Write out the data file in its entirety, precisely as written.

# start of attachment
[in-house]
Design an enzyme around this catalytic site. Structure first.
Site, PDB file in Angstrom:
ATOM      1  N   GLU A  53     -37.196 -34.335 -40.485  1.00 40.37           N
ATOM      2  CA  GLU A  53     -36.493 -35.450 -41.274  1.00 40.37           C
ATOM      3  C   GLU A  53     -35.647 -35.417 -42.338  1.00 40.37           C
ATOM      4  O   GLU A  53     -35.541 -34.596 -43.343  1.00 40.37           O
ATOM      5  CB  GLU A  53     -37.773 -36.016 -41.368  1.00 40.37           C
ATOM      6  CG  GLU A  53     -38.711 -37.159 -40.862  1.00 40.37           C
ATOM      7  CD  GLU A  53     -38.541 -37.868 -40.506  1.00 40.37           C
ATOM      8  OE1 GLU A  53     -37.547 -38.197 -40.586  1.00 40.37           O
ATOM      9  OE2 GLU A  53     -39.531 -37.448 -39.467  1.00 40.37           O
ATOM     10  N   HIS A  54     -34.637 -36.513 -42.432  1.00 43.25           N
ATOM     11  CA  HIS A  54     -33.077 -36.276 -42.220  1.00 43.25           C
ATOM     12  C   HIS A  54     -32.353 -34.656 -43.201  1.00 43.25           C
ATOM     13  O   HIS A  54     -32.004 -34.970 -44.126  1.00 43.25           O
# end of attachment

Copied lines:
[in-house]
Design an enzyme around this catalytic site. Structure first.
Site, PDB file in Angstrom:
ATOM      1  N   GLU A  53     -37.196 -34.335 -40.485  1.00 40.37           N
ATOM      2  CA  GLU A  53     -36.493 -35.450 -41.274  1.00 40.37           C
ATOM      3  C   GLU A  53     -35.647 -35.417 -42.338  1.00 40.37           C
ATOM      4  O   GLU A  53     -35.541 -34.596 -43.343  1.00 40.37           O
ATOM      5  CB  GLU A  53     -37.773 -36.016 -41.368  1.00 40.37           C
ATOM      6  CG  GLU A  53     -38.711 -37.159 -40.862  1.00 40.37           C
ATOM      7  CD  GLU A  53     -38.541 -37.868 -40.506  1.00 40.37           C
ATOM      8  OE1 GLU A  53     -37.547 -38.197 -40.586  1.00 40.37           O
ATOM      9  OE2 GLU A  53     -39.531 -37.448 -39.467  1.00 40.37           O
ATOM     10  N   HIS A  54     -34.637 -36.513 -42.432  1.00 43.25           N
ATOM     11  CA  HIS A  54     -33.077 -36.276 -42.220  1.00 43.25           C
ATOM     12  C   HIS A  54     -32.353 -34.656 -43.201  1.00 43.25           C
ATOM     13  O   HIS A  54     -32.004 -34.970 -44.126  1.00 43.25           O